|Period Instruments Breathe New Life Into a Musical Hero|
The New York Times, by Steve Smith, 17 November 2011
During the last few weeks in New York it has been hard to miss a familiar baleful countenance staring out from a poster pasted up at a construction area, or perhaps from a banner on a Web site. Thanks to a clever advertising campaign for the classical radio station WQXR-FM, Beethoven is everywhere, rendered in the style of the street artist Shepard Fairey and adorned with a quirky logo: "OBEY THOVEN."
That image came to mind just before a Beethoven concert by the Orchestre Révolutionnaire et Romantique at Carnegie Hall on Wednesday night, during a conversation with a young man in a T-shirt emblazoned with another logo: that of Bathory, a revered Swedish black-metal band.
"Beethoven and Quorthon are my heroes," my neighbor said earnestly. (Quorthon was the working name of Bathory's founder, Tomas Forsberg.) Both, he proposed, were rugged individualists who brooked no compromise in forging an original, enduring style. When the orchestra came onstage he raised his right hand, index finger and pinkie extended: the orthodox heavy-metal salute.
One more thing: This was my neighbor's first live encounter with Beethoven's music. He had paid for a prime ticket for the Wednesday performance, and planned to be in a balcony for the orchestra's second concert on Thursday.
WQXR's Beethoven Awareness Month campaign notwithstanding, it's hard to think of another composer who could inspire such devotion among listeners not chiefly concerned with classical music. And if this particular orchestra, a renowned period-instrument ensemble directed by the English conductor John Eliot Gardiner, didn't start the fire, it fanned the flames effectively on Wednesday.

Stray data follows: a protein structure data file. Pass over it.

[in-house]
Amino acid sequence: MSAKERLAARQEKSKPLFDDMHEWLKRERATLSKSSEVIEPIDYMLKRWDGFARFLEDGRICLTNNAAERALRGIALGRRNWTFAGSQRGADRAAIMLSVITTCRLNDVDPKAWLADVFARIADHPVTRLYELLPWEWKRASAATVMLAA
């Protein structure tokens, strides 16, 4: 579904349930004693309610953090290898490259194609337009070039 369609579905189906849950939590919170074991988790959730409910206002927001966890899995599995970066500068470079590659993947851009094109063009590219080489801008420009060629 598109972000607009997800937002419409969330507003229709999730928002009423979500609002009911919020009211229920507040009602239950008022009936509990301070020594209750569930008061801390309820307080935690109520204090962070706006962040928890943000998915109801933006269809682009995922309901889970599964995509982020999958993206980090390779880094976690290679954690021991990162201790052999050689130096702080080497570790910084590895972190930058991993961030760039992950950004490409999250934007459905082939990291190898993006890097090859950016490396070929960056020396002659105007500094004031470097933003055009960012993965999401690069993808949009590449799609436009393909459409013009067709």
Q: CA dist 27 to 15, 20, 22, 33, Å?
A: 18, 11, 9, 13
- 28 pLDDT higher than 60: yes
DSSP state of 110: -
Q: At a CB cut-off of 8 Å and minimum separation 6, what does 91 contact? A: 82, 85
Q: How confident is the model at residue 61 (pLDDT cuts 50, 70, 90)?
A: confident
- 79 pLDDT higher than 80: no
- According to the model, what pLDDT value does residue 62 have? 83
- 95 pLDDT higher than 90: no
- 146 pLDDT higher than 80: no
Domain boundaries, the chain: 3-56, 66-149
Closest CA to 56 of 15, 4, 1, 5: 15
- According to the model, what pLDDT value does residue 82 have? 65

Mr. Gardiner and his players, outsiders when they first ventured into Beethoven's music nearly two decades ago, now represent something closer to the core of how we hear this music. Modern orchestras have assimilated much of what Mr. Gardiner and his peers assert with regard to "historically informed" style.
Here was an "Egmont" Overture of granitic solidity and feline insinuation, with springy rhythms and undulant sway. Natural trumpets blazed gloriously in perfect pitch; strings held fast at paces verging on the chaotic. The demonic energy and heroic mien we associate with the Beethoven of legend was present and possessive.
Fundamental to a gripping account of the Symphony No. 7 was Mr. Gardiner's taut rhythmic conception, brilliantly negotiated by players light-years advanced over their forebears in the period-instrument revival in terms of security and style. The Allegretto was sinuous and haunting, the finale joyously visceral. And from fate's knock at the onset of the Fifth Symphony — as close to a universally known gesture as anything in music history — Mr. Gardiner wrought Beethoven fresh and strange, with gutsy, brash and rasping instrumental voices united in triumph.